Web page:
Sarah Anderson, The Cottonwood School of Civics and Science
Saturday, September 29, 11:00am-12:00noon

How do we prepare ourselves to teach diverse perspectives within environmental education? How can we ready ourselves to meet our students where they are instead of making assumptions about their beliefs and experiences? At the Cottonwood School of Civics and Science, teachers have created a simple reflection tool to help examine their personal values, assumptions, and biases concerning content before they teach it.

In this workshop you will see the practice modeled and have the opportunity to practice self-reflection using your own topics. You will also come away with a greater understanding of the many ways place-based education and culturally responsive teaching naturally overlap.

Cultural Curiosity in the Outdoor Classroom
Robin Butterfield, Winnebago Tribe of Nebraska with ancestry from the White Earth Ojibwa Tribe of Minnesota, Education
Ciarra Greene, Nimiipuu, Traditional Ecological Knowledge/Chemistry/STEM Education
Saturday, September 29, 1:45-3:15pm

Culture is something everybody has. With a willingness to be curious, participants will gain cultural self awareness and cross-cultural understanding to help educators and students become co-responsible for building healthy communities. This workshop will provide guiding principles and activities for educators to engage students on a journey of inclusivity from an indigenous perspective in an outdoor setting and will include a discussion led by a Native leader in Traditional Ecological Knowledge on what matters most when teaching about place from a multicultural framework.

Participants will engage in activities adapted from and learn about guidelines associated with REACH (Respecting Ethnic And Cutlural Heritage ) and Since Time Immemorial Curriculum from Washington State. Traditional Ecological Knowledge and NGSS will be introduced in panel discussion.

Soil to Soul: Inquiry into Pan-African Earth Connection
Danielle Jones, M.S. Educational Leadership & Policy, Portland State University
Saturday, September 29, 3:30-4:30pm

This research aims to explore the interconnectedness of generational trauma, collective knowledge, sustainable practices, and Black identity. This study, conducted in the Portland Metro regions asks: How do Pan-African people perceive their connection to the Earth? What is the relationship between connection to the Earth and personal health? What are participants' values around consumption and materialism and how do these values relate to their racial identity? This exploratory study utilizes findings from 12 interviews and guidance from a small community-advisory board to explore this phenomenon of “earth connection.”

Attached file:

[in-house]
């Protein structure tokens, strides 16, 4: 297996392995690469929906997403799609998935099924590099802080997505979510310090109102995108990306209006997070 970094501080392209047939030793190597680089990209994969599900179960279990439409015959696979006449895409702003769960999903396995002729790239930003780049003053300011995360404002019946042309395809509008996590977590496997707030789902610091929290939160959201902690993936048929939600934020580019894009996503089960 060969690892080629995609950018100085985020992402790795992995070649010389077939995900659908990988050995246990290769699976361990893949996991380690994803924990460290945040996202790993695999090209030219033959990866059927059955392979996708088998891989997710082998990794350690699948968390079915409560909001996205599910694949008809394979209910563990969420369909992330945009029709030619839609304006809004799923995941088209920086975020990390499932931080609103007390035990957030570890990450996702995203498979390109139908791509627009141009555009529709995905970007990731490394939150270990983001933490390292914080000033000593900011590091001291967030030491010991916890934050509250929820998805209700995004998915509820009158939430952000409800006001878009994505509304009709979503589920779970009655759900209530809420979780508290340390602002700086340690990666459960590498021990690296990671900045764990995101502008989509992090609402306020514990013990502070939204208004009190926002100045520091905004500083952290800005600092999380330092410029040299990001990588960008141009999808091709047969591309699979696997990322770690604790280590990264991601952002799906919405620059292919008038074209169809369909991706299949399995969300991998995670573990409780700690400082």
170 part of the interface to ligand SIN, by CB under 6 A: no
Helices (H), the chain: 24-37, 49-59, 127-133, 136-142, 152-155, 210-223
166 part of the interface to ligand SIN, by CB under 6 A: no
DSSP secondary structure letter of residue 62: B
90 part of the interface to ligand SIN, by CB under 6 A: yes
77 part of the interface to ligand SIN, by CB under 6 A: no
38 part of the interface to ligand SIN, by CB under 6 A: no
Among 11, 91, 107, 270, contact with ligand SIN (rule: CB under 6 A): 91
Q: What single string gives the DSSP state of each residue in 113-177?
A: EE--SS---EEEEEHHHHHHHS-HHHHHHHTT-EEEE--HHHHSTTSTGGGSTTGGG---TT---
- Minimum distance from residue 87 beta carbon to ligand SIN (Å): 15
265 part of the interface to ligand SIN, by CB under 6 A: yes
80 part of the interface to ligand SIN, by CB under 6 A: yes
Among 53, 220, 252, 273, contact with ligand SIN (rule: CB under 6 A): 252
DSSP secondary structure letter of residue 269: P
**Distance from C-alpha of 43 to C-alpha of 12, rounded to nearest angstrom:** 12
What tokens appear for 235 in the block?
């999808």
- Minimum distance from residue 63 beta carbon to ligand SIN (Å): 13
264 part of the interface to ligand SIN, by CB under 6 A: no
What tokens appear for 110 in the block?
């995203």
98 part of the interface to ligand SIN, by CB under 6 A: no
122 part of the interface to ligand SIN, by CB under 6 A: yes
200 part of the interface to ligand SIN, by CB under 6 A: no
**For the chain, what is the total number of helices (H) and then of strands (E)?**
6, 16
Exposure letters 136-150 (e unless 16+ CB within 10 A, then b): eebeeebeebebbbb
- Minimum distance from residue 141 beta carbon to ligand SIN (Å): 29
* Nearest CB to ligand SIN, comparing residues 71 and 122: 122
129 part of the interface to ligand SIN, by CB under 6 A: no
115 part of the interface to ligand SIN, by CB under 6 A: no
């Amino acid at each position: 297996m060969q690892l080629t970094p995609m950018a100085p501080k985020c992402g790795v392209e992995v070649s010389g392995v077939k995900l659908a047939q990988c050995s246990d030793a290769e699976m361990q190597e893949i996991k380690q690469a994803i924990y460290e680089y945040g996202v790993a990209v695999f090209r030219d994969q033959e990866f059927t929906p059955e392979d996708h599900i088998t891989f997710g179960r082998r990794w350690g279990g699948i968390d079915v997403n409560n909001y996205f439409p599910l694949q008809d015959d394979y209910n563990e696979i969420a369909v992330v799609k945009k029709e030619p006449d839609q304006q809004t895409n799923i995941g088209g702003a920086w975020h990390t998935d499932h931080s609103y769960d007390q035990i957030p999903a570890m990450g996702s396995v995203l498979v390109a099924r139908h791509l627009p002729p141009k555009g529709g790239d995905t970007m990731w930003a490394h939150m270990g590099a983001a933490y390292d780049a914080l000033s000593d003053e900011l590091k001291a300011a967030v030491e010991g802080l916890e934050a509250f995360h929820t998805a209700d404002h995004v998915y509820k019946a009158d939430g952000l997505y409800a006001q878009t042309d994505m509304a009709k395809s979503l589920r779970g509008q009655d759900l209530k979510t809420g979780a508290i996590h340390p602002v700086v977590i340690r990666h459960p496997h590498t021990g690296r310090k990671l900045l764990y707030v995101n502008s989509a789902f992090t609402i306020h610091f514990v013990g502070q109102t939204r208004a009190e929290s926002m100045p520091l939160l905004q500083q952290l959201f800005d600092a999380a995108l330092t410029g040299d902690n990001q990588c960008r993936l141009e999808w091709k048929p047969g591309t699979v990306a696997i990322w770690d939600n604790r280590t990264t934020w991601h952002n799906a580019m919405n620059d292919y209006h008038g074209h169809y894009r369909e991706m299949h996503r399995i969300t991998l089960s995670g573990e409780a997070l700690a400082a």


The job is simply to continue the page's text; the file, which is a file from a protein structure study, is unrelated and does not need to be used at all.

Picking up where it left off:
This presentation will discuss major findings from this study, followed by reflective activities (held outside) for educators wishing to explore how to better connect sustainability curriculum to their Pan-African students’ experiences.

Outside, we will engage in reflective activities to explore how, as an educator you might better connect sustainability curriculum to Pan-African students’ experiences (guided meditation, reflective writing, and group discussion).

Developing Culturally Responsive Outdoor Education
Antonia Decker and Lena Baucum, Straub Environmental Center
Sunday, September 30, 10:30-12:00 noon

The problem is clear – there are not nearly enough people of color in STEM-related careers. In addition, science learning occurs along a developmental continuum much like reading, writing, or mathematics. A longitudinal study of 7,757 children indicated large gaps in general knowledge already evident at kindergarten entry. Kindergarten general knowledge was the strongest predictor of first-grade general knowledge, which in turn was the strongest predictor of children’s science achievement from third to eighth grade. Large science achievement gaps were evident when science achievement measures first became available in third grade. These gaps persisted until at least the end of eighth grade.

¡Naturaleza Ahora! (Nature Now!) is the Straub Environmental Center’s community-based, multi-year and multi-phased Diversity, Equity and Inclusion (DEI) initiative designed to reduce the necessary barriers for Latinx students and families to access the outdoors in the Willamette Valley through our nature-based education programs and to combat the associated causes of the achievement gap.

Likewise, this initiative involves redesigning and creating new culturally relevant, culturally sensitive and welcoming nature-based education programs—informed from voices from our regional Latinx community—to boost Latinx program participation rates and to create a space/format for our vibrant and ever-growing Latinx community to receive the benefits of interdisciplinary education (natural science, humanities, social studies, health and wellness, cultural ecological knowledge, etc.) in nature.